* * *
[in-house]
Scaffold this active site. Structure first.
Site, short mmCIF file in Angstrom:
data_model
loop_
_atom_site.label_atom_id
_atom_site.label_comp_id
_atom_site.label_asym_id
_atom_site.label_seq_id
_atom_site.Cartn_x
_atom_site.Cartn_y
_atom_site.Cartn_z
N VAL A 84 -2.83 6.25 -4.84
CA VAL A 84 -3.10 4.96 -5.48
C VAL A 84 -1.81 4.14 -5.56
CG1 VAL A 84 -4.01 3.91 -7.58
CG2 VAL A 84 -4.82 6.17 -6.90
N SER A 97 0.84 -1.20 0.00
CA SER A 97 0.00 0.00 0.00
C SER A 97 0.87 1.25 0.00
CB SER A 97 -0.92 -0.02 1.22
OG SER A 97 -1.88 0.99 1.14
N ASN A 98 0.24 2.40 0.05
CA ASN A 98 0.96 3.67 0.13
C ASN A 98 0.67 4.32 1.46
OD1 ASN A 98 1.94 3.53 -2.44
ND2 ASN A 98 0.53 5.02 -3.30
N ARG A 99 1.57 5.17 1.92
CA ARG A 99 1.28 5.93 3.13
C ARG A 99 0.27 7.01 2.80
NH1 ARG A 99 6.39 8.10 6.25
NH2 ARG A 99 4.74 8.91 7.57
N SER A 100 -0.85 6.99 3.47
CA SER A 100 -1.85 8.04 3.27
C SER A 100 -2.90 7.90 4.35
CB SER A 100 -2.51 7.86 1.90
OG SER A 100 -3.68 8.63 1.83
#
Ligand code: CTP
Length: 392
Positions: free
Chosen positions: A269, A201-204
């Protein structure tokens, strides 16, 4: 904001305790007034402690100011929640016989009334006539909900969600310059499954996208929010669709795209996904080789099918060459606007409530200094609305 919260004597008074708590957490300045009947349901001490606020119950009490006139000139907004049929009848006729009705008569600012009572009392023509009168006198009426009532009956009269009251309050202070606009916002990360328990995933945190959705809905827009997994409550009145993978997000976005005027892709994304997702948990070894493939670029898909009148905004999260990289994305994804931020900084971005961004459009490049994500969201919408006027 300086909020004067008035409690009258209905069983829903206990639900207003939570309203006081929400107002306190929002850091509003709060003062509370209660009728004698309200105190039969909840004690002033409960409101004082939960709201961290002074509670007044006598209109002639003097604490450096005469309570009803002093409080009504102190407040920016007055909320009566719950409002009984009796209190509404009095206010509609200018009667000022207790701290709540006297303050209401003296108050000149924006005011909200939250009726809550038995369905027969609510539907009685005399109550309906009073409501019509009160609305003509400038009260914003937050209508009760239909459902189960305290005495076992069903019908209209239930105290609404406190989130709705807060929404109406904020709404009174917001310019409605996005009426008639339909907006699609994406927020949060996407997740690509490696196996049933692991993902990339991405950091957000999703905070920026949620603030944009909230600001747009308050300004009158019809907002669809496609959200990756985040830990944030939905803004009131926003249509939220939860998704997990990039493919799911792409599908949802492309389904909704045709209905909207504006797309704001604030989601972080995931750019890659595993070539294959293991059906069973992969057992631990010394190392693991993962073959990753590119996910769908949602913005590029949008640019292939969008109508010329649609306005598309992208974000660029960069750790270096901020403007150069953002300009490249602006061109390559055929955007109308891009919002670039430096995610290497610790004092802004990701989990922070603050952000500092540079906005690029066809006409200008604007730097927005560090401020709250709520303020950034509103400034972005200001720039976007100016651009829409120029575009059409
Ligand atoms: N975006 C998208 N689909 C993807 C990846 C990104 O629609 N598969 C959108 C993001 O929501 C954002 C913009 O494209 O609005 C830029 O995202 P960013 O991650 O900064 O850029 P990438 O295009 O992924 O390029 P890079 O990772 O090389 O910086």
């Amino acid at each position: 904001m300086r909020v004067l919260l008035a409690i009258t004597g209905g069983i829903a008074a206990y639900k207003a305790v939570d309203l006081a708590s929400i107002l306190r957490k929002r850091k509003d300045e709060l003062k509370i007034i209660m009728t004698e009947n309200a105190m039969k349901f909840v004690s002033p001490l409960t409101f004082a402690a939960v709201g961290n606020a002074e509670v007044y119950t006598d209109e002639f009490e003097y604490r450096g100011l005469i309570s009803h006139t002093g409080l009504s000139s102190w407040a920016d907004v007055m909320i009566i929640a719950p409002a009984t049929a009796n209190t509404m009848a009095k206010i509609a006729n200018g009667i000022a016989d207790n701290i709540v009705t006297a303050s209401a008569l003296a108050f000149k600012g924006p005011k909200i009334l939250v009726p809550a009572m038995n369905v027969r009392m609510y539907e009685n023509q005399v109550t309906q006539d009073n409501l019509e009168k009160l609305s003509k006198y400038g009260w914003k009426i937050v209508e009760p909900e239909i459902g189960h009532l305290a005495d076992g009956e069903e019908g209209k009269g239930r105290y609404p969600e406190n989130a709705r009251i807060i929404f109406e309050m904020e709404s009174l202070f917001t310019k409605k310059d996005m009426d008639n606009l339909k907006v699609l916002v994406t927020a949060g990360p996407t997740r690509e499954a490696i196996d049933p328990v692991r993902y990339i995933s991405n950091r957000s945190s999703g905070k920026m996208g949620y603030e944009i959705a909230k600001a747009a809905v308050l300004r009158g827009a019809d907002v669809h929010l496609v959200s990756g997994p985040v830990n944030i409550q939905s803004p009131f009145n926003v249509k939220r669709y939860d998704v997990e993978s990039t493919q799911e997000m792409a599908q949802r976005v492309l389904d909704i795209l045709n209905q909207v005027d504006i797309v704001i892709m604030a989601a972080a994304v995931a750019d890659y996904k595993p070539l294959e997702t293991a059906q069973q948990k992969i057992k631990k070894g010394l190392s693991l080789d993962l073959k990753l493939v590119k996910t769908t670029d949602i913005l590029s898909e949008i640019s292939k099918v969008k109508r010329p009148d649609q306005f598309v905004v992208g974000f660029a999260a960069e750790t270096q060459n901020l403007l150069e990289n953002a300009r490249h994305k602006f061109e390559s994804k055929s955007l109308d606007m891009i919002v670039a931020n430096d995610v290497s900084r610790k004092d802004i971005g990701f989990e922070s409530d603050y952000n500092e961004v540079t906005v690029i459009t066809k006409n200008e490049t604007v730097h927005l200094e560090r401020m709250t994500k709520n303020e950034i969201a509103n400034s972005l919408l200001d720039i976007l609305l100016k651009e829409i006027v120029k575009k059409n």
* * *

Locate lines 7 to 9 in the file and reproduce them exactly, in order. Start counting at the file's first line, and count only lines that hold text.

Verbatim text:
_atom_site.label_comp_id
_atom_site.label_asym_id
_atom_site.label_seq_id